I had to go through several mails for a recruitment process recently. There were people of all age groups and experience levels mailing in CVs. After dedicatedly going through the first ten, I began ignoring the ones that came without a cover letter, with a mere “PFA”, without a proper subject line, without a basic explanation of why you were mailing me, or with SMS language.
I remember a recent discussion on a Facebook group, where people asked if SMS lingo was accepted in professional circles. There were some who were extremely pro-SMS language. The conversation was born out of another discussion regarding potential employers never responding to unsuccessful applicants.
Being on the other side of the fence, I now have an inkling why some employers do not bother responding to some emails. Not that it is excusable, but when you are faced with a deluge of mails and some of it with a mere “PFA” or bad language, you simply lose the patience to respond to them.
When the applicant does not take the time out to write out a full letter, or a few lines in this world of email applications, why bother taking out time to tell you that we don’t need you?
In this world of email and etiquette lessons, there is absolutely no excuse to send a bad letter. A Google search will pull out tons of examples for everything.
Things that make me send your mail straight into the ‘hell no’ pile –
– Perhaps I am old school, but I do not consider ‘m applyin 4 job’ a good starting point. You have not specified which job, what your work experience is or where you come from. You haven’t bothered to make me curious; in fact, you make me averse to click on your resume. Obviously, your school did not teach you the basics.
– “PFA” – PFA is a term that I’m generally not cool with. Particularly in the first conversation with a faceless, nameless entity. And a mere ‘PFA’ with absolutely nothing else, uh huh. Delete.
– Subject: CV – We are a company with various roles. How do you expect me to decipher which one you are applying for, particularly if you do not mention anything in the email body either?
Then there are those cases with typos in the resume. I’m not yet at a stage where I feel compelled to delete these. Typos are human, though I wish people run a spell check before they send in the CV, especially if you mention ‘attention to detail’ or ‘detail-oriented’ as a skill.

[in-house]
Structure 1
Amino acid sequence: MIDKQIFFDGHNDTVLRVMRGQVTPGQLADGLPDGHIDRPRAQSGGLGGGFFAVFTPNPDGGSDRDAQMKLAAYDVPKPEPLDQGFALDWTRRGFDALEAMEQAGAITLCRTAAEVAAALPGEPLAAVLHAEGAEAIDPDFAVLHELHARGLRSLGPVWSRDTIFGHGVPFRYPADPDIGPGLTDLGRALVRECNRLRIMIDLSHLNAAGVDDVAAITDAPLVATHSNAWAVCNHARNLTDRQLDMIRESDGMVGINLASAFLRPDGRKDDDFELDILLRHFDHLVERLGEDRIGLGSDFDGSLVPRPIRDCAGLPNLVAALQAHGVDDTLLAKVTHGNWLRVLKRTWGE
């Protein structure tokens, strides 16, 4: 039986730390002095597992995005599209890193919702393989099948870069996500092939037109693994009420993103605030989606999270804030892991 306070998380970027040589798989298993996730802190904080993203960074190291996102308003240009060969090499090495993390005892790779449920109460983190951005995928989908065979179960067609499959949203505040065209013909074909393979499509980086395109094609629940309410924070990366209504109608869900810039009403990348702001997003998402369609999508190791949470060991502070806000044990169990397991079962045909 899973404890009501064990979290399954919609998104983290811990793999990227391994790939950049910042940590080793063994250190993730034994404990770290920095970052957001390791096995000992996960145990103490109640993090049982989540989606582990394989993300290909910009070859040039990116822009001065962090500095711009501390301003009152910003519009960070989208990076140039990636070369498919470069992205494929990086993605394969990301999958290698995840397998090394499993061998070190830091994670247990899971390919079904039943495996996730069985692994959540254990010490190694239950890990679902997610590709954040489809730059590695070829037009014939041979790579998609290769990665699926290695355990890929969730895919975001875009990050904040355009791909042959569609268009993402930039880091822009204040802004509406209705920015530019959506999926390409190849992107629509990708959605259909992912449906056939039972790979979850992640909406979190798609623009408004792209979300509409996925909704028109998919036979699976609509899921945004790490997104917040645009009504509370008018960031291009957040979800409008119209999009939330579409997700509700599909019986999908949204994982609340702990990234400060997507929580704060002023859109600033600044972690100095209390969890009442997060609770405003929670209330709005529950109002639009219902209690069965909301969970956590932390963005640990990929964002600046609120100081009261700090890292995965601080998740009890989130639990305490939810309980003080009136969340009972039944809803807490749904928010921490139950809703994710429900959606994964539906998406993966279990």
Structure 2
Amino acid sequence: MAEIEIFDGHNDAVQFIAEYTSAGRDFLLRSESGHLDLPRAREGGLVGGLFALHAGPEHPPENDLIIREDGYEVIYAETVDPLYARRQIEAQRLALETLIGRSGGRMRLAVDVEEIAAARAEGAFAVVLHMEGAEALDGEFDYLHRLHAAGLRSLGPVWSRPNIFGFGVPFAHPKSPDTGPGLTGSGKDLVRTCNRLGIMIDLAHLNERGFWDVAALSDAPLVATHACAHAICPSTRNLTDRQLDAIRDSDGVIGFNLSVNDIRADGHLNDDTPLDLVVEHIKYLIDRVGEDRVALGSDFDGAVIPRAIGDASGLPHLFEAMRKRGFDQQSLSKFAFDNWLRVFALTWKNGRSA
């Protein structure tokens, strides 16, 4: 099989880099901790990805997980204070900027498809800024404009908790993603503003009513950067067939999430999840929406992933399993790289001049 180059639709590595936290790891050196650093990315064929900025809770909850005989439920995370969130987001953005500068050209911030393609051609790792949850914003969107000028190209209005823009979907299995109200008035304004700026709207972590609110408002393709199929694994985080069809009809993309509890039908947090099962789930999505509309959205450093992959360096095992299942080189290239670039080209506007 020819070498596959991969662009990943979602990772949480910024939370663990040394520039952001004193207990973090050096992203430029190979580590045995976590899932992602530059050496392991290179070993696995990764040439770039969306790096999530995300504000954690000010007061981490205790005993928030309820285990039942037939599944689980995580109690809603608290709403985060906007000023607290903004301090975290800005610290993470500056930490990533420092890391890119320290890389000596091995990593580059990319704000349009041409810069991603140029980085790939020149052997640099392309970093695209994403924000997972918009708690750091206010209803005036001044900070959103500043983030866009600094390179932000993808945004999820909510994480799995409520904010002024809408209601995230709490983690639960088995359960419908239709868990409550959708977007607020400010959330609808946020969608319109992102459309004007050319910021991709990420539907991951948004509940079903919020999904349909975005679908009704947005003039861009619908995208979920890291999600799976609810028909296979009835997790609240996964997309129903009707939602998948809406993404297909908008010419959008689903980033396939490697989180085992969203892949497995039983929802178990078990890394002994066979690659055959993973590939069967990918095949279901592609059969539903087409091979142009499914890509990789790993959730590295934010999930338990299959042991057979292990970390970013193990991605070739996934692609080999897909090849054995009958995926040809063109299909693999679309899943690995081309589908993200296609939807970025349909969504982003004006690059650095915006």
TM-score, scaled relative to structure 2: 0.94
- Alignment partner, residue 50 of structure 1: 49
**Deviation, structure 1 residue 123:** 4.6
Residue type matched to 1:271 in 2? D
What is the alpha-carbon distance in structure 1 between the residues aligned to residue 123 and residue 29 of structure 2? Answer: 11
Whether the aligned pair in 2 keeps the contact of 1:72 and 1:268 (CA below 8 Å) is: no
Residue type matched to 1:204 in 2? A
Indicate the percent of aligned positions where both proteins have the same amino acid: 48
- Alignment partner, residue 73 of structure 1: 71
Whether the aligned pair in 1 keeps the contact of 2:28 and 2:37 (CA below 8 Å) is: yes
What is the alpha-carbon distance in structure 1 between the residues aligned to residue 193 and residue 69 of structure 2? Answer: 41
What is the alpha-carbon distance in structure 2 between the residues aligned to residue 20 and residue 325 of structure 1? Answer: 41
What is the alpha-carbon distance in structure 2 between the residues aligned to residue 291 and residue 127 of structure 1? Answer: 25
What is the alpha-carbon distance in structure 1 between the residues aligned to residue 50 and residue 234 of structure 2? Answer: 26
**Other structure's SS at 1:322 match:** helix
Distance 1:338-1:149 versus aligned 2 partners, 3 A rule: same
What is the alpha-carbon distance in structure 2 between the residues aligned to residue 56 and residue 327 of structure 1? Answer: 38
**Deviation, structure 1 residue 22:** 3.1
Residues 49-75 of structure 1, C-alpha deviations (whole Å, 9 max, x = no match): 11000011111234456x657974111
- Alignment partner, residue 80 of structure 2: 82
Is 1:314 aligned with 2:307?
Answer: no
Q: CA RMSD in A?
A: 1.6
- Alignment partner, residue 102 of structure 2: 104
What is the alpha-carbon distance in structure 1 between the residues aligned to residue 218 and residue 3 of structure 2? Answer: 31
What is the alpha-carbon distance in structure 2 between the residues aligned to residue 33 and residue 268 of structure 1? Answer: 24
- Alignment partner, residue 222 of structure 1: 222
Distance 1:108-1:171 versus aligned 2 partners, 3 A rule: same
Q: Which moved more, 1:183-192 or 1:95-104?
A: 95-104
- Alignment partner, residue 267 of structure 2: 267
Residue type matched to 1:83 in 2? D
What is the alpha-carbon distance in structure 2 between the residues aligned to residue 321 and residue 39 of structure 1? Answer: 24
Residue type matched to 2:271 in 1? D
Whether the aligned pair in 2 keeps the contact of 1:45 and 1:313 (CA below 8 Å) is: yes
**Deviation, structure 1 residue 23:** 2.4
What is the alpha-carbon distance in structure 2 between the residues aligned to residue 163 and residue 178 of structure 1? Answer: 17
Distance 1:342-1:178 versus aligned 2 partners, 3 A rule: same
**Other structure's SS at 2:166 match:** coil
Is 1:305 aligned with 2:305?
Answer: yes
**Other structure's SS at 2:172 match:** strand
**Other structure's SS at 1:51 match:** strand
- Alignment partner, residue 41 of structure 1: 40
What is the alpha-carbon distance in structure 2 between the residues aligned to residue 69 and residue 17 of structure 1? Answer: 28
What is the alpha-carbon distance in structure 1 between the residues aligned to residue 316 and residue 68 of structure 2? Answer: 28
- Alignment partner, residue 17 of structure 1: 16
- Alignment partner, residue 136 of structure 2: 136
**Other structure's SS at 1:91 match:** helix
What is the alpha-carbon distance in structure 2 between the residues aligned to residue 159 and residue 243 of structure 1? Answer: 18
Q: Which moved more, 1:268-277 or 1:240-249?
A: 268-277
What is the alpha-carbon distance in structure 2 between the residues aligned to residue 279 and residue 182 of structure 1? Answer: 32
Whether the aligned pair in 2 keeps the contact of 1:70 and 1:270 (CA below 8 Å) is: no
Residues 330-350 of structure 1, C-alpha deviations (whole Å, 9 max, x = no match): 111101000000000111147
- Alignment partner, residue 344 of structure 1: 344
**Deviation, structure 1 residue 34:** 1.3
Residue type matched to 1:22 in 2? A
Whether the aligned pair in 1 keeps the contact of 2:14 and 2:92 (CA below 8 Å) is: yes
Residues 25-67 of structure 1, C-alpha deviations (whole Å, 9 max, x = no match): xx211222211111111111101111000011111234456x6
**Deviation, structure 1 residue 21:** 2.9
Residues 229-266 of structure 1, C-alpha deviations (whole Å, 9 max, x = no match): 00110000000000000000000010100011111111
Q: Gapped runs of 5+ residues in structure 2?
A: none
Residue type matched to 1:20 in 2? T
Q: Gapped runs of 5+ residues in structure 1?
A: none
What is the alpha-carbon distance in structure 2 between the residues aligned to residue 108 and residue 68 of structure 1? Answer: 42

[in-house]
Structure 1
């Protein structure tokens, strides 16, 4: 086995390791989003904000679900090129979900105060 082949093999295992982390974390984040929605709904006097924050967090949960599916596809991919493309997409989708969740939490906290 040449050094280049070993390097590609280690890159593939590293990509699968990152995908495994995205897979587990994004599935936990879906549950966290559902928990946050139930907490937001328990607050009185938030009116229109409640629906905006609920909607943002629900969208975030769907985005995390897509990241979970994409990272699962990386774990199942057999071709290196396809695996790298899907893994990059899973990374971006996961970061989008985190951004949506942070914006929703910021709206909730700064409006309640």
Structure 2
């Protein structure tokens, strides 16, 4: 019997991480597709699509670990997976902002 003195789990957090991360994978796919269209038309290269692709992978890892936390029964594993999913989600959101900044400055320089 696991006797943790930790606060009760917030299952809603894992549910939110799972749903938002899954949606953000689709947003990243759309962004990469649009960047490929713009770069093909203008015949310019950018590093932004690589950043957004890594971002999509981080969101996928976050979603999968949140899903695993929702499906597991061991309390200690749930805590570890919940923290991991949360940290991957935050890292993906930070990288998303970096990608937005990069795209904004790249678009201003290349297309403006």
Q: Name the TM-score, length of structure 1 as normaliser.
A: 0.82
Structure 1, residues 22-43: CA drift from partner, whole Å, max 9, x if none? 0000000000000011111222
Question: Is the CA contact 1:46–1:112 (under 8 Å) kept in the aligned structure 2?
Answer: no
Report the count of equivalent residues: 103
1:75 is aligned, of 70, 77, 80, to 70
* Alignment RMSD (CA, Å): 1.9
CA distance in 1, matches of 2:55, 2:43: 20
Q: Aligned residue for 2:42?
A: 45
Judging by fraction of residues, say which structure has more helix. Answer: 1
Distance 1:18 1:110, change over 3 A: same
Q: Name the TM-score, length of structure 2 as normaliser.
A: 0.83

And the funny ones –
– People who specify their marital status in every line.
“I’m Miss. XXX. I would like to assure you that Miss. XXX would complete all their duties…”
– And the passport numbers. There are details that I would ask when I require them. Not in your resume.
– Old irrelevant achievements of winning the first prize in a dance competition in the fourth grade. Should I assume that you haven’t grown much in the two decades since?
– Funny email IDs… we all had funny email IDs. IronMan32, TooCoolEmily, PrincessSaira, BatmanJohn. But those are for your personal friends, chats and places where your work associates do not make fun of you. If you do not have the patience to create a work ID, I will laugh at you. And wonder how serious you are about your job. It is the world of Gmail. Find a way to integrate your email IDs, and don’t let your potential employer know about your Star Wars fantasies. He might be a Star Trek fan.
And then there are those other things to avoid like the over the top declarations – I am the best. Hire me. I will be the best thing to happen to your company. I express my eagerness to work with you. I am ready to do anything.
It would probably be good if you took a minute to research the job / company you would like to join. The employer will spend an extra minute on your CV if they notice that you have done a little bit of your research. If you do not know what a generic role title means, you probably shouldn’t be applying for it. If the title sounds ambiguous, check the company’s website or Facebook page. Nobody wants the CV of a graphics designer when they are looking for a stylist for the company. Both of you might be into designing, but you can’t do a stylist’s job. Unless you want to be a stylist, of course.
Else, do not expect a reply and do not crib that they never responded to your emails.